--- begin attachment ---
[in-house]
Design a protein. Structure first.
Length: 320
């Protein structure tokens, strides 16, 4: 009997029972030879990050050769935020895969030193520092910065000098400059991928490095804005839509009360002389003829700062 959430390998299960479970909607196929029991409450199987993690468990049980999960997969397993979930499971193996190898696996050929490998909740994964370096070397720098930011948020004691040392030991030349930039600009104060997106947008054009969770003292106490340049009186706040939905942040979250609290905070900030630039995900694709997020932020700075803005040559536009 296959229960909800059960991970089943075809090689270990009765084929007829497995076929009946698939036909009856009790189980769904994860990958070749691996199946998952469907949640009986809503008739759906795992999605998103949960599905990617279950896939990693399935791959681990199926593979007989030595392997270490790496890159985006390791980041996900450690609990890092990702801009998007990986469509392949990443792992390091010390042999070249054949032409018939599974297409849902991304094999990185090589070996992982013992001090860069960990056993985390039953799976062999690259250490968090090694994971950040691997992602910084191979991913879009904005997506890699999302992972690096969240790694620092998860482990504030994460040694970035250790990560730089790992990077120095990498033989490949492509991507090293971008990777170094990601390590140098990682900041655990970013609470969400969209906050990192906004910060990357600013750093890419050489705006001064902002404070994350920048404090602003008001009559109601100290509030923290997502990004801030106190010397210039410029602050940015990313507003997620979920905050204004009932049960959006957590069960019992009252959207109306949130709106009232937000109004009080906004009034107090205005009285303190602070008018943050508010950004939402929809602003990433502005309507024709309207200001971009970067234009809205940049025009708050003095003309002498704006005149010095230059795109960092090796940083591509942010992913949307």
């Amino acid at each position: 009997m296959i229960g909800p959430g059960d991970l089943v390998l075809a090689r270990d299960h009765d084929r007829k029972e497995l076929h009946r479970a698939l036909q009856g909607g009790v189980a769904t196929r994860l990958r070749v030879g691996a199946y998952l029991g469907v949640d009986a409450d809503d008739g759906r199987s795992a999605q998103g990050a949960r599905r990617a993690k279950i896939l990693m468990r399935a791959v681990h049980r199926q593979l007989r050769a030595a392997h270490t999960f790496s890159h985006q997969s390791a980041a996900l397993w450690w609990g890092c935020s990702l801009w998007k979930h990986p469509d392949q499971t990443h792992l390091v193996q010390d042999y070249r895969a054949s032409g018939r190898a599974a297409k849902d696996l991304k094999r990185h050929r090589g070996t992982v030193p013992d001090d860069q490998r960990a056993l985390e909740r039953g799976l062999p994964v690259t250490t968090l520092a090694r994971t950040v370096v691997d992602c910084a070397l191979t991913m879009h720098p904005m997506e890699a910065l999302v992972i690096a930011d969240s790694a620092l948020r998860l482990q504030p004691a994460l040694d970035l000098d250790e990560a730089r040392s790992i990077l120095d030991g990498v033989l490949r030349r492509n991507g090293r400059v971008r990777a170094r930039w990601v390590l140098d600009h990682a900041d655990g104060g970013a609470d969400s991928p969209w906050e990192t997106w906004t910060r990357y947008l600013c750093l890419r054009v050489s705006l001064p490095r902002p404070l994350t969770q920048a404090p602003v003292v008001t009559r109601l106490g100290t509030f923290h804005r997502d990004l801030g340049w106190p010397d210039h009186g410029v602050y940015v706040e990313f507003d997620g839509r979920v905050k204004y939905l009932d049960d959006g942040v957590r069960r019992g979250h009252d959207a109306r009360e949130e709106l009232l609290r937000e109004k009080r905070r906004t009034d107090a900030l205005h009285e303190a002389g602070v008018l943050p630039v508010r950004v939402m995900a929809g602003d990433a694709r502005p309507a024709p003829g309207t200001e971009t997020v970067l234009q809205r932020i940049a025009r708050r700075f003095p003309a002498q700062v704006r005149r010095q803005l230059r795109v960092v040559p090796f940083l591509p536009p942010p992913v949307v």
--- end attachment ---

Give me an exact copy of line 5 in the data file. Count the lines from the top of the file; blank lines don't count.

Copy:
């Amino acid at each position: 009997m296959i229960g909800p959430g059960d991970l089943v390998l075809a090689r270990d299960h009765d084929r007829k029972e497995l076929h009946r479970a698939l036909q009856g909607g009790v189980a769904t196929r994860l990958r070749v030879g691996a199946y998952l029991g469907v949640d009986a409450d809503d008739g759906r199987s795992a999605q998103g990050a949960r599905r990617a993690k279950i896939l990693m468990r399935a791959v681990h049980r199926q593979l007989r050769a030595a392997h270490t999960f790496s890159h985006q997969s390791a980041a996900l397993w450690w609990g890092c935020s990702l801009w998007k979930h990986p469509d392949q499971t990443h792992l390091v193996q010390d042999y070249r895969a054949s032409g018939r190898a599974a297409k849902d696996l991304k094999r990185h050929r090589g070996t992982v030193p013992d001090d860069q490998r960990a056993l985390e909740r039953g799976l062999p994964v690259t250490t968090l520092a090694r994971t950040v370096v691997d992602c910084a070397l191979t991913m879009h720098p904005m997506e890699a910065l999302v992972i690096a930011d969240s790694a620092l948020r998860l482990q504030p004691a994460l040694d970035l000098d250790e990560a730089r040392s790992i990077l120095d030991g990498v033989l490949r030349r492509n991507g090293r400059v971008r990777a170094r930039w990601v390590l140098d600009h990682a900041d655990g104060g970013a609470d969400s991928p969209w906050e990192t997106w906004t910060r990357y947008l600013c750093l890419r054009v050489s705006l001064p490095r902002p404070l994350t969770q920048a404090p602003v003292v008001t009559r109601l106490g100290t509030f923290h804005r997502d990004l801030g340049w106190p010397d210039h009186g410029v602050y940015v706040e990313f507003d997620g839509r979920v905050k204004y939905l009932d049960d959006g942040v957590r069960r019992g979250h009252d959207a109306r009360e949130e709106l009232l609290r937000e109004k009080r905070r906004t009034d107090a900030l205005h009285e303190a002389g602070v008018l943050p630039v508010r950004v939402m995900a929809g602003d990433a694709r502005p309507a024709p003829g309207t200001e971009t997020v970067l234009q809205r932020i940049a025009r708050r700075f003095p003309a002498q700062v704006r005149r010095q803005l230059r795109v960092v040559p090796f940083l591509p536009p942010p992913v949307v």